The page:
A Basic Guide to Chinchilla Breeding

Chinchillas have no specific mating season and breed any time in the year. Unlike most members of the rodent family, they have a longer conception period of 111 days (approximately 4 months). And unlike their cousins, young chinchillas (called “kits”) are referred to by biologists as “nidifugous” or “precocious.” This means that they’re born fully developed, completely furred and with eyes open. It’s a surprising fact that kits are already sexually active within just 4 months. But owners shouldn’t worry about their chinchillas multiplying so fast. Litters are generally small, usually 2 to 6 in number.

These fundamental facts are significant in understanding chinchilla breeding. But remember that the actual process of breeding is entirely different, and complex to say the least. Amateurs shouldn’t experiment with breeding. It’s best to leave it to professionals.

Determining Gender

Knowing gender is vital in deciding and segregating males from females. Female chinchillas are highly sexually active, in heat for half of the year. This period (called the “Estrus Cycle’) usually cover the months from November to May, with the occasional “mid-summer heat” phase. After giving birth, females have the ability to mate anew in a cycle referred to as the “Postpartum Estrus.”

Segregating your pets during occasions of birth and the height of a female’s sexual appetite prevents unwanted pregnancies and inbreeding.

To know whether your chinchilla is male or female, you can take a look at their underbelly and locate their genitals. With females, their vaginas are in very close to their anus. For males, their penis is a little further away.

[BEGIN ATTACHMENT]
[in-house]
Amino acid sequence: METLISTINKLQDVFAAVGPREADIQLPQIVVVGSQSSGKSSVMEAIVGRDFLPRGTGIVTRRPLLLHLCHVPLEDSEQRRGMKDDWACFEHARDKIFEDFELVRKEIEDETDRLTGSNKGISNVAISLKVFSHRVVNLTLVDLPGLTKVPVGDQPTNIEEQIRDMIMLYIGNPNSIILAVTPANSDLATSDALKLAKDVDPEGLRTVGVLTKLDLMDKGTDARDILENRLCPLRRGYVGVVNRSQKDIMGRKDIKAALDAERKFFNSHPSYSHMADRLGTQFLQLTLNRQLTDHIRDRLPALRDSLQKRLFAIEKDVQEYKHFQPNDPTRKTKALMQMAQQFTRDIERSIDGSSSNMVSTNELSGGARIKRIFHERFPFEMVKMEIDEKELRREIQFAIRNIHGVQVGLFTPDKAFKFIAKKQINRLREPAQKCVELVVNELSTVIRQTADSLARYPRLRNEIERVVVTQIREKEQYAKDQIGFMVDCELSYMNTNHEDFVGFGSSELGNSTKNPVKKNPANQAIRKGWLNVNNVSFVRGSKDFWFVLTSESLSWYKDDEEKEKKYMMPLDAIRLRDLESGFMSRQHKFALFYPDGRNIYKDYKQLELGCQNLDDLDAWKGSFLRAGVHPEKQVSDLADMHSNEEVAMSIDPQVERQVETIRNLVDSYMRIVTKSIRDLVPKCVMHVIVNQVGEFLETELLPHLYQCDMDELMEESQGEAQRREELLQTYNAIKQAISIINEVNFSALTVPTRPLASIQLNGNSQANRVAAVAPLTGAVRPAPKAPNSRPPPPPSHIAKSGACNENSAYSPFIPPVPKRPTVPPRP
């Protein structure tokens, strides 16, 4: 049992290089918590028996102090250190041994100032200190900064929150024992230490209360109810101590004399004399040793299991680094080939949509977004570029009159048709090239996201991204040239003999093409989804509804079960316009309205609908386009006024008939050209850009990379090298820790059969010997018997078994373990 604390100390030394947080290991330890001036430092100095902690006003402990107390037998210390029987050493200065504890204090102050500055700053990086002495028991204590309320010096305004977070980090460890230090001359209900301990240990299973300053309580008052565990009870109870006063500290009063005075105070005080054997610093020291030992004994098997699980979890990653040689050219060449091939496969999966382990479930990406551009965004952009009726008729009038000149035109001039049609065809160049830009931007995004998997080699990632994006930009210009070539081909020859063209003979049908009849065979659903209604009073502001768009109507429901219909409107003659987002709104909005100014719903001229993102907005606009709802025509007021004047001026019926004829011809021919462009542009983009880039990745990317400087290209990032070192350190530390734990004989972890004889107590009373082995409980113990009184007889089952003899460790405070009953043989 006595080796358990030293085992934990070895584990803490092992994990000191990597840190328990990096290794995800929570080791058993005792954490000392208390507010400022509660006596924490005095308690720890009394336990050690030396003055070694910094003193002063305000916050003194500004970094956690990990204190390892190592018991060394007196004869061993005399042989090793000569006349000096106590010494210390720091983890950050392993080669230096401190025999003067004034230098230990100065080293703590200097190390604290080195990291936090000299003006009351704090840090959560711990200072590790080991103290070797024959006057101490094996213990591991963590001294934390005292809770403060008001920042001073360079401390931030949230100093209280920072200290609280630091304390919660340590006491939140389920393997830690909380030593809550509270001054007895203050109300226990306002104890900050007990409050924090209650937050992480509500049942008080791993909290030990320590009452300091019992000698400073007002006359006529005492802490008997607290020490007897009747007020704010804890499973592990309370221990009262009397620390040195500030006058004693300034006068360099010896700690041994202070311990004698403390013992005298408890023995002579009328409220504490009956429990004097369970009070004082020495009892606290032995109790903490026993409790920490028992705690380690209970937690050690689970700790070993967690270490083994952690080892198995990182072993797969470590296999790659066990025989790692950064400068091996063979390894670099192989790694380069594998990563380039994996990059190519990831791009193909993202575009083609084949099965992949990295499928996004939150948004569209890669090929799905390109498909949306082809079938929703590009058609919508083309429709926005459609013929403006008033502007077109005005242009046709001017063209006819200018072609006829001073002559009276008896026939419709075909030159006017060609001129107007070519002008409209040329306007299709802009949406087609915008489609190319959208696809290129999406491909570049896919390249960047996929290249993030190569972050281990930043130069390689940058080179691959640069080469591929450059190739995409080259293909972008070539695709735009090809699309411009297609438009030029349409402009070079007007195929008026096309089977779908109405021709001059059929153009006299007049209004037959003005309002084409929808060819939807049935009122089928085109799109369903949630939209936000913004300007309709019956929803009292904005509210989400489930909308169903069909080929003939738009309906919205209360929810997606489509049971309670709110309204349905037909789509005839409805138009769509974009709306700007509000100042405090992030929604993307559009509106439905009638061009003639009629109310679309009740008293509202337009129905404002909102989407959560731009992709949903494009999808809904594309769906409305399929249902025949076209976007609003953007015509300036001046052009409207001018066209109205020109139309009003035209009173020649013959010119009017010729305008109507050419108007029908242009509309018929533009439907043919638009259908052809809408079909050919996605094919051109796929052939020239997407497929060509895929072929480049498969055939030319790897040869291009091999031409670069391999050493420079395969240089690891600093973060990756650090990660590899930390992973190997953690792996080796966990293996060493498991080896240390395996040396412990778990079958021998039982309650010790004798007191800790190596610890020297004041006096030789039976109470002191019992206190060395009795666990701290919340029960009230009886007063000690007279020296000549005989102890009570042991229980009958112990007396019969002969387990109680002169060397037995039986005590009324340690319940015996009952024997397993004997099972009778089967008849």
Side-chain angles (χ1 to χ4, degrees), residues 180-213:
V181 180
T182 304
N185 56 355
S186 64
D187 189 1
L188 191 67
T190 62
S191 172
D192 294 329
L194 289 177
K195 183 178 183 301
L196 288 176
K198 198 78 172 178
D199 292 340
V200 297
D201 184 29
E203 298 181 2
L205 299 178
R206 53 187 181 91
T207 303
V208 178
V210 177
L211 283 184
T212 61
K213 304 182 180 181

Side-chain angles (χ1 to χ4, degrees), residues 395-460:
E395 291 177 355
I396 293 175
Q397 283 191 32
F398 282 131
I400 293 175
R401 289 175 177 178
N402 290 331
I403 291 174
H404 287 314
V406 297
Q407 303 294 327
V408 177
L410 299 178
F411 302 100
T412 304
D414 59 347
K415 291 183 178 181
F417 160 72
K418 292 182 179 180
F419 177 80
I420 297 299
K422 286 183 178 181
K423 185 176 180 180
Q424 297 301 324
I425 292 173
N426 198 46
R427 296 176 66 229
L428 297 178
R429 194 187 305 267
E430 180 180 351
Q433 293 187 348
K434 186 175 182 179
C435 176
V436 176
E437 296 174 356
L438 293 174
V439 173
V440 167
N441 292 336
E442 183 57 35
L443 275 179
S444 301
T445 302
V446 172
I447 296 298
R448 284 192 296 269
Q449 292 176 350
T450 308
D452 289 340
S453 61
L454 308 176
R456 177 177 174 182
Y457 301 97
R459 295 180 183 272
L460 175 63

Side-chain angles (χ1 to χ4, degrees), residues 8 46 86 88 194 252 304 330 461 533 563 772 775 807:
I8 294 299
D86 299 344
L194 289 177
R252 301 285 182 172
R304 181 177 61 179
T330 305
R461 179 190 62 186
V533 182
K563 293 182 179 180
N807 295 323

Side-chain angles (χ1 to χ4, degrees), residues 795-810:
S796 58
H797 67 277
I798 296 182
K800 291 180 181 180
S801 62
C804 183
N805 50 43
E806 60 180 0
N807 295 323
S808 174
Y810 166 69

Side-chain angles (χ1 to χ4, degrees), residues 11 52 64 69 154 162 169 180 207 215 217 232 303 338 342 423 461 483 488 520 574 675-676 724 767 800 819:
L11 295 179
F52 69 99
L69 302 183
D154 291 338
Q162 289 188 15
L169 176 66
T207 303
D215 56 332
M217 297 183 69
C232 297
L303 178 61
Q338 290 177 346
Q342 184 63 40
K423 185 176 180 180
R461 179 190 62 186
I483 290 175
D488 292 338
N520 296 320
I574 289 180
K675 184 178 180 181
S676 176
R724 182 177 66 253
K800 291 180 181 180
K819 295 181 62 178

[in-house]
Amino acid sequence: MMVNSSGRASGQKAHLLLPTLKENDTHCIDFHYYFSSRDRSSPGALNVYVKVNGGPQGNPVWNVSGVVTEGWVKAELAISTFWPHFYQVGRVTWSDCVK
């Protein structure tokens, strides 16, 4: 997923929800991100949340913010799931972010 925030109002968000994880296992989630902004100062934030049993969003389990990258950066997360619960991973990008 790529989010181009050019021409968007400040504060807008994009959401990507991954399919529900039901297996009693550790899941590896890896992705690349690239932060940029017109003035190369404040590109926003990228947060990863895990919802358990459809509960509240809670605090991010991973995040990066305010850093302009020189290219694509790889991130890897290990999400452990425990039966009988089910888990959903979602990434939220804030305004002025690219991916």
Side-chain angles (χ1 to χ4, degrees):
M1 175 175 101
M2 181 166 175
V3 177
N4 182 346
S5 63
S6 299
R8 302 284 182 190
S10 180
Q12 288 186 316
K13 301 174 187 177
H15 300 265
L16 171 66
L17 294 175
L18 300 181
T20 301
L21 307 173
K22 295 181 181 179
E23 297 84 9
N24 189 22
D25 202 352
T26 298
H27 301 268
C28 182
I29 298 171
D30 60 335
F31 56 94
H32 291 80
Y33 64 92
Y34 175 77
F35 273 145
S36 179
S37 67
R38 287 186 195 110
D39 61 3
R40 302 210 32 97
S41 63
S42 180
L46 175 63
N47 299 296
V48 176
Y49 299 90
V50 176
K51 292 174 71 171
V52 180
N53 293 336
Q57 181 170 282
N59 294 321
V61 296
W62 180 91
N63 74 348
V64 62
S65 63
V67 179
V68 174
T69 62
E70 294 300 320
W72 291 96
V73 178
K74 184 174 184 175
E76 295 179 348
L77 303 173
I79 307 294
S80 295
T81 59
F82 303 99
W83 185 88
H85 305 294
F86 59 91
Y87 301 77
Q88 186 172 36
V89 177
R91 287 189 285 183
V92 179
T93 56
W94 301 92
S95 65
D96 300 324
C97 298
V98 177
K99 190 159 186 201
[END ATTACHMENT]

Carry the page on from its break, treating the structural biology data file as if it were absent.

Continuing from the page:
On Mating, Pregnancy, and Birth

Just like humans, it is important to socialize male and female chinchillas to get them attracted or determine compatibility between the two. Usually, males are more than ready to mate, only awaiting the signal from an obliging female. Though mating in most cases occurs in the evening, mating rituals include the male making a gurgling noise and both genders rubbing their chins on the floor. Don’t worry if a lot of fur is shed during mating as chinchillas get aggressive in the process.

Determining characteristics with pregnant females are similar to those of their relatives: she usually becomes aggressive with other chinchillas in the cage. Also, she either becomes passive and refuses food, or begins to groan and squirm when contractions begin. Births are usually in the evening. If you can’t help but take a peek, try to stay hidden so you don’t agitate her more. Females usually pull their own kits out, taking at least half an hour to do so (or more if there are others).

Mother chinchillas will clean themselves and their young, often eating the placenta themselves. Don’t be alarmed when she bites her brood till they squeal. This is her way of clearing out the liquids from their lungs.

Caring for Kits

By 8 weeks, you may have to take away kits from their mother. Aside from the fact that they reach sexual maturity in a matter of months, this prevents them from getting hurt by other chinchillas in the cage. This also helps when some kits are not properly taken cared of by the mother in large litters.
Kits usually die because of hypothermia and hunger. Try to make sure that the mother does not neglect to warm or feed her brood. Pet owners can prevent this by keeping the cage away from drafts, assuring the cage is suitably warm. Supplementary feeding may be necessary if the litter is too large. You can do this by either dividing the brood during feeding time or gradually adding pellets to their diet.

Seeking advice from professional pet breeders is still the best option when dealing with chinchilla breeding. Not only are you assured of the right information, they can give you valuable tips too. The importance of making well-informed choices and decisions with your pet chinchilla will surely make your experience with your pet more responsible and worthwhile.